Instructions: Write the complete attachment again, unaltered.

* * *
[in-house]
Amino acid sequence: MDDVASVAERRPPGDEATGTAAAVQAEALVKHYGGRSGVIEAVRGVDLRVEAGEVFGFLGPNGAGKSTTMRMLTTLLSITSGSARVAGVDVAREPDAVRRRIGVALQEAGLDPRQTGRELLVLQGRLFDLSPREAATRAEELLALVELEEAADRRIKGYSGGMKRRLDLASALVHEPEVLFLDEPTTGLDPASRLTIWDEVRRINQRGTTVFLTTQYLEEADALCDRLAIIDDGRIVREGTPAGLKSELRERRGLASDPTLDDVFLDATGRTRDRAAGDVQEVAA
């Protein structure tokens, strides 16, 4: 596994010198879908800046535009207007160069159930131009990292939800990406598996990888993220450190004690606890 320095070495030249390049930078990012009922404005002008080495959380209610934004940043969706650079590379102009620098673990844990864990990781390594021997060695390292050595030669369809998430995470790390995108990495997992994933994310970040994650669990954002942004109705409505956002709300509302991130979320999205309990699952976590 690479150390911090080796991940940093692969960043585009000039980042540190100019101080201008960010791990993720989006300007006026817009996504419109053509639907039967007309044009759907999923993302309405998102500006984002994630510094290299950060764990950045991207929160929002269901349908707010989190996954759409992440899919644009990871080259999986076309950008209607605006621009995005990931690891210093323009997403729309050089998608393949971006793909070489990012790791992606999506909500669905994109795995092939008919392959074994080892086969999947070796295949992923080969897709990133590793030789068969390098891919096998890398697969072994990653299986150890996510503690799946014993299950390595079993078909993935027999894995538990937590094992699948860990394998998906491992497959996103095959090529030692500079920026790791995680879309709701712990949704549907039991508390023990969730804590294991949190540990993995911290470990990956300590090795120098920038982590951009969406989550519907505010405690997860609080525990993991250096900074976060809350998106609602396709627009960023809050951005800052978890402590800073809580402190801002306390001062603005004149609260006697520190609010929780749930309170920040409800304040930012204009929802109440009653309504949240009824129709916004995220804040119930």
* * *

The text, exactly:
[in-house]
Amino acid sequence: MDDVASVAERRPPGDEATGTAAAVQAEALVKHYGGRSGVIEAVRGVDLRVEAGEVFGFLGPNGAGKSTTMRMLTTLLSITSGSARVAGVDVAREPDAVRRRIGVALQEAGLDPRQTGRELLVLQGRLFDLSPREAATRAEELLALVELEEAADRRIKGYSGGMKRRLDLASALVHEPEVLFLDEPTTGLDPASRLTIWDEVRRINQRGTTVFLTTQYLEEADALCDRLAIIDDGRIVREGTPAGLKSELRERRGLASDPTLDDVFLDATGRTRDRAAGDVQEVAA
């Protein structure tokens, strides 16, 4: 596994010198879908800046535009207007160069159930131009990292939800990406598996990888993220450190004690606890 320095070495030249390049930078990012009922404005002008080495959380209610934004940043969706650079590379102009620098673990844990864990990781390594021997060695390292050595030669369809998430995470790390995108990495997992994933994310970040994650669990954002942004109705409505956002709300509302991130979320999205309990699952976590 690479150390911090080796991940940093692969960043585009000039980042540190100019101080201008960010791990993720989006300007006026817009996504419109053509639907039967007309044009759907999923993302309405998102500006984002994630510094290299950060764990950045991207929160929002269901349908707010989190996954759409992440899919644009990871080259999986076309950008209607605006621009995005990931690891210093323009997403729309050089998608393949971006793909070489990012790791992606999506909500669905994109795995092939008919392959074994080892086969999947070796295949992923080969897709990133590793030789068969390098891919096998890398697969072994990653299986150890996510503690799946014993299950390595079993078909993935027999894995538990937590094992699948860990394998998906491992497959996103095959090529030692500079920026790791995680879309709701712990949704549907039991508390023990969730804590294991949190540990993995911290470990990956300590090795120098920038982590951009969406989550519907505010405690997860609080525990993991250096900074976060809350998106609602396709627009960023809050951005800052978890402590800073809580402190801002306390001062603005004149609260006697520190609010929780749930309170920040409800304040930012204009929802109440009653309504949240009824129709916004995220804040119930």